Sweet and lowdown

UK quartet Allo Darlin’ isn’t trying to break you heart … but they just might

Allo, from the UK.

Allo, from the UK.

photo courtesy of Allo Darlin’

Allo Darlin’ performs with The Wave Pictures and Gentlemen’s Coup Wednesday, May 9, 8 p.m., at Origami Lounge.
Cost: $5.

Origami Recording Lounge
708 Cherry St.

Allo Darlin’ has been accused of writing pop songs that are overly precious or too “twee,” often earning the group comparisons to venerable cuties Belle & Sebastian and Camera Obscura. The London quartet (visiting Chico’s Origami Lounge Wednesday, May 9, with UK-mates The Wave Pictures) does play music that is at times achingly sentimental and, yes, sweet. But Allo Darlin’—led by Aussie vocalist Elizabeth Morris—present these tales of heartache with such dear-diary candor that it feels more like late-night conversations with a close friend. In other words, Allo Darlin’ offers human stories without allowing melodrama to gum things up.

Morris wields the pen behind the narratives on the band’s sophomore release Europe, a record that’s less conceptual in its title than in its assortment of character studies.

“Most of the album is about loneliness—people and places,” said Morris by phone from the band’s tour van. “I always found it interesting when songs sound happy but are quite dark.”

That time-tested songwriting device is no doubt a product of Morris’ love for The Smiths. She also cites fellow Brisbanites The Go-Betweens as an influence. The specters of both can be heard throughout Allo Darlin’s first two full-lengths. And while the band’s 2010 self-titled debut also included Morris’ wistful storytelling, Europe is a more assured album musically, relying less on sparse folky arrangements and daring to rock out a little more. Morris’ voice will get you as well on songs like “Capricornia” and especially on “The Letter,” a song originally inspired by her grandparents’ correspondence during World War II. Even Morris conveying the significance of the song is enough to choke you up.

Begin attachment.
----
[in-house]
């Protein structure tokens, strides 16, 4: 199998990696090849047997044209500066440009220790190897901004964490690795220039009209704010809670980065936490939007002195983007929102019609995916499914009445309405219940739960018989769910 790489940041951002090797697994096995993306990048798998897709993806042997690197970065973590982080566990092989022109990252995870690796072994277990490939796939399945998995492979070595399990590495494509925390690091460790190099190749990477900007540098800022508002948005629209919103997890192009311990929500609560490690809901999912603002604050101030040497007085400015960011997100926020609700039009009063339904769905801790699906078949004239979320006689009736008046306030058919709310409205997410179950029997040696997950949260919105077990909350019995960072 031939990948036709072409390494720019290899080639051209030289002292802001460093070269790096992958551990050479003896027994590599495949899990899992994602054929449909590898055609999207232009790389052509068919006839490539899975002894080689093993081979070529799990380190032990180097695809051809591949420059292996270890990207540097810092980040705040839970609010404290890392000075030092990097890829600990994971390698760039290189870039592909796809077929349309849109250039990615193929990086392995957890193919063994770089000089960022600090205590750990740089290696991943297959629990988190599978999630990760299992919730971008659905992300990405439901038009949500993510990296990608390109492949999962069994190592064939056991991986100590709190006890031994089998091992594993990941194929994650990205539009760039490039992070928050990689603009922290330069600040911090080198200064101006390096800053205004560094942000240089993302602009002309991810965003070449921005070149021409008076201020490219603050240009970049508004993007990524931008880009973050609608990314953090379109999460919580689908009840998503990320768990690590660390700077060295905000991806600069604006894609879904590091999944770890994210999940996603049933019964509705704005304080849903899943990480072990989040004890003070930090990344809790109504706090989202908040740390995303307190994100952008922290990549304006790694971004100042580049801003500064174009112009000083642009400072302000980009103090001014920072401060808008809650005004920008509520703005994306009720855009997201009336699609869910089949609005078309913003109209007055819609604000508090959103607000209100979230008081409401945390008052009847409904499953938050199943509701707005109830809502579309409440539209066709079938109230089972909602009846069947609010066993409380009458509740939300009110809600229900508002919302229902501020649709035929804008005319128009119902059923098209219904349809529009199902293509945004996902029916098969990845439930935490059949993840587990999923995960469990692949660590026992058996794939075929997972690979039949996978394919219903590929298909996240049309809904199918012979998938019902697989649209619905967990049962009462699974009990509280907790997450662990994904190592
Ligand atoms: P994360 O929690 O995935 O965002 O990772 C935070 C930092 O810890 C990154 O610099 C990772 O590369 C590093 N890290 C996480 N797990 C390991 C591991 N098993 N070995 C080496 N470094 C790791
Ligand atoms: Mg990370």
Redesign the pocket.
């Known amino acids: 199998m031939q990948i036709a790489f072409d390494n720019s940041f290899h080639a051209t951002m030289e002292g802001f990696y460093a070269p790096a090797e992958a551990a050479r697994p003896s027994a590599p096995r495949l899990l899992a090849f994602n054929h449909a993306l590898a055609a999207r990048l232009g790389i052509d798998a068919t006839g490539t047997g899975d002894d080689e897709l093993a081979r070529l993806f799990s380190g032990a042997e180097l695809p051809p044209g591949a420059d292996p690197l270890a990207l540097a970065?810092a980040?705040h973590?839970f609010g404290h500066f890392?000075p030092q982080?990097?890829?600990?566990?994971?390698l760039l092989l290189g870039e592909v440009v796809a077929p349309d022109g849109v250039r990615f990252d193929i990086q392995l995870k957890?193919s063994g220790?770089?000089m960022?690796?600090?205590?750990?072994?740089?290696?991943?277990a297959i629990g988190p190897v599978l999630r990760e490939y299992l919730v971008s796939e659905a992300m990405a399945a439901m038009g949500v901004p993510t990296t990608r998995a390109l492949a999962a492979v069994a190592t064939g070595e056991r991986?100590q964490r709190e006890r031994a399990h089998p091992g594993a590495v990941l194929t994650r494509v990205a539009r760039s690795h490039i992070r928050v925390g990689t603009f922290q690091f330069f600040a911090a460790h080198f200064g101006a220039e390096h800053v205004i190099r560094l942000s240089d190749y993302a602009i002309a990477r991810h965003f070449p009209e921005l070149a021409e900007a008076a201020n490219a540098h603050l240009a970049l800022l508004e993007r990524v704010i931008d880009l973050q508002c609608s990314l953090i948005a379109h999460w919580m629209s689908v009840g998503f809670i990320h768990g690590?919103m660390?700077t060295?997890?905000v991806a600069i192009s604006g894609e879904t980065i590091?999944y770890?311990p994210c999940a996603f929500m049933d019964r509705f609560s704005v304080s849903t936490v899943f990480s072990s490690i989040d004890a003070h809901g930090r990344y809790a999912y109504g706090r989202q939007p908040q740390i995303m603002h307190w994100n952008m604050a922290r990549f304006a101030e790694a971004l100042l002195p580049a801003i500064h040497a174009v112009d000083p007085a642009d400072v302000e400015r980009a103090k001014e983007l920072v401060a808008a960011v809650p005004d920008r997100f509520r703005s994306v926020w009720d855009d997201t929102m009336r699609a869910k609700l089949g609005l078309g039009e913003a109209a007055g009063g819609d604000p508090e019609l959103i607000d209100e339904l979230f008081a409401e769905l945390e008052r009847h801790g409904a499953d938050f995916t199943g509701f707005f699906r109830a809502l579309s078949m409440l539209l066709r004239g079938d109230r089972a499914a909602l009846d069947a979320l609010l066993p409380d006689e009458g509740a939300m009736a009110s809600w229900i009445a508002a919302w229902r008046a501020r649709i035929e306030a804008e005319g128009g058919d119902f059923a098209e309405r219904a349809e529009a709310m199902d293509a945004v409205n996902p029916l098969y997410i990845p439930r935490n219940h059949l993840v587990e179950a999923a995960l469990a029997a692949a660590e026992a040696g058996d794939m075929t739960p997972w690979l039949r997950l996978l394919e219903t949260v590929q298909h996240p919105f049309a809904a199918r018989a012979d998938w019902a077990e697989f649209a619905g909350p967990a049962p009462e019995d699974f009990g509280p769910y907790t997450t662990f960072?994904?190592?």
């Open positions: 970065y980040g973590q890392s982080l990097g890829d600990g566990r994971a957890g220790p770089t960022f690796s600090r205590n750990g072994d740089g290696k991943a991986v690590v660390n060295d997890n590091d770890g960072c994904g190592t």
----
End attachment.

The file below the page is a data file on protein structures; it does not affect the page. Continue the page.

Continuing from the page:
“I actually wanted to write a song about my grandparents,” she explained. “In 1942 my grandfather went back to the war, and he would write these letters to my grandmother. She had the letters buried with her, and it was just too emotional to write about.”

Instead “The Letter” pines for the days when lovers—one of whom is obsessed with the Silver Jews—labored over the written word and waited even longer for the response. Album closer “My Sweet Friend” tells of a meeting between friends on the day a famous pop star died. Morris doesn’t reveal who it is in the song, although she explains she’s referring to Amy Winehouse, who died from alcohol poisoning in June of last year.

“She used to live a few houses up from me,” said Morris. “She was an amazing person. We were the same age, and I sort of related to her in a way, although I’ve never gone through what she had. I was very sad when it happened.”

It might seem hard to believe, but Europe is far from a downer. It’s saved by shimmering guitars, ukulele and just the right amount of handclaps and tambourine. And there’s a comforting warmness to Morris’ voice, which thankfully still clings on to an Australian accent.

All of the murmurs of Allo Darlin’ being too cutesy are not completely unwarranted on the surface, but deeper listening reveals that it’s not a sham. In fact, I’m convinced Morris might have been born during the wrong decade. At the very least, she’d be content going back to a time when we weren’t handcuffed to glowing monitors. “Email is cool,” she says, “but the idea of a letter is a special thing.”